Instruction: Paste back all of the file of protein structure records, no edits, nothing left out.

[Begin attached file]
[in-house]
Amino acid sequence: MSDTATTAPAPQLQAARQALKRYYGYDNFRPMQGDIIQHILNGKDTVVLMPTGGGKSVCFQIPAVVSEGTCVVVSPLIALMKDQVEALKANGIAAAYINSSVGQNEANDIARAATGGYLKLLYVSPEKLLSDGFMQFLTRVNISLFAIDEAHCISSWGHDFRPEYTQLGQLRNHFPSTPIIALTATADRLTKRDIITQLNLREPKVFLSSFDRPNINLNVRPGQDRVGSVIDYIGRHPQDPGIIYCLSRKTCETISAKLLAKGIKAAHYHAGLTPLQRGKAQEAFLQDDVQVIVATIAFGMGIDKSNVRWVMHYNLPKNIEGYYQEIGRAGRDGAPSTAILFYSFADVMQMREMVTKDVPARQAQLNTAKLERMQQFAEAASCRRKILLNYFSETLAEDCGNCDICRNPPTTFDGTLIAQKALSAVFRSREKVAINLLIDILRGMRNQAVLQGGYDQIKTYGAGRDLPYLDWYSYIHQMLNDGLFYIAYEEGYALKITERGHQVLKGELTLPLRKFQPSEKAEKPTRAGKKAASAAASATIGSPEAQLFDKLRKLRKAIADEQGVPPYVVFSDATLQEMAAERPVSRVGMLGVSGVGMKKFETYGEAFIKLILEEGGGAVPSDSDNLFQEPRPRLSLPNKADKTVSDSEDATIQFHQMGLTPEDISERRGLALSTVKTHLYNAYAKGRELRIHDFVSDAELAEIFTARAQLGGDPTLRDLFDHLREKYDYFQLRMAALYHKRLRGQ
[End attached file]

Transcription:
[in-house]
Amino acid sequence: MSDTATTAPAPQLQAARQALKRYYGYDNFRPMQGDIIQHILNGKDTVVLMPTGGGKSVCFQIPAVVSEGTCVVVSPLIALMKDQVEALKANGIAAAYINSSVGQNEANDIARAATGGYLKLLYVSPEKLLSDGFMQFLTRVNISLFAIDEAHCISSWGHDFRPEYTQLGQLRNHFPSTPIIALTATADRLTKRDIITQLNLREPKVFLSSFDRPNINLNVRPGQDRVGSVIDYIGRHPQDPGIIYCLSRKTCETISAKLLAKGIKAAHYHAGLTPLQRGKAQEAFLQDDVQVIVATIAFGMGIDKSNVRWVMHYNLPKNIEGYYQEIGRAGRDGAPSTAILFYSFADVMQMREMVTKDVPARQAQLNTAKLERMQQFAEAASCRRKILLNYFSETLAEDCGNCDICRNPPTTFDGTLIAQKALSAVFRSREKVAINLLIDILRGMRNQAVLQGGYDQIKTYGAGRDLPYLDWYSYIHQMLNDGLFYIAYEEGYALKITERGHQVLKGELTLPLRKFQPSEKAEKPTRAGKKAASAAASATIGSPEAQLFDKLRKLRKAIADEQGVPPYVVFSDATLQEMAAERPVSRVGMLGVSGVGMKKFETYGEAFIKLILEEGGGAVPSDSDNLFQEPRPRLSLPNKADKTVSDSEDATIQFHQMGLTPEDISERRGLALSTVKTHLYNAYAKGRELRIHDFVSDAELAEIFTARAQLGGDPTLRDLFDHLREKYDYFQLRMAALYHKRLRGQ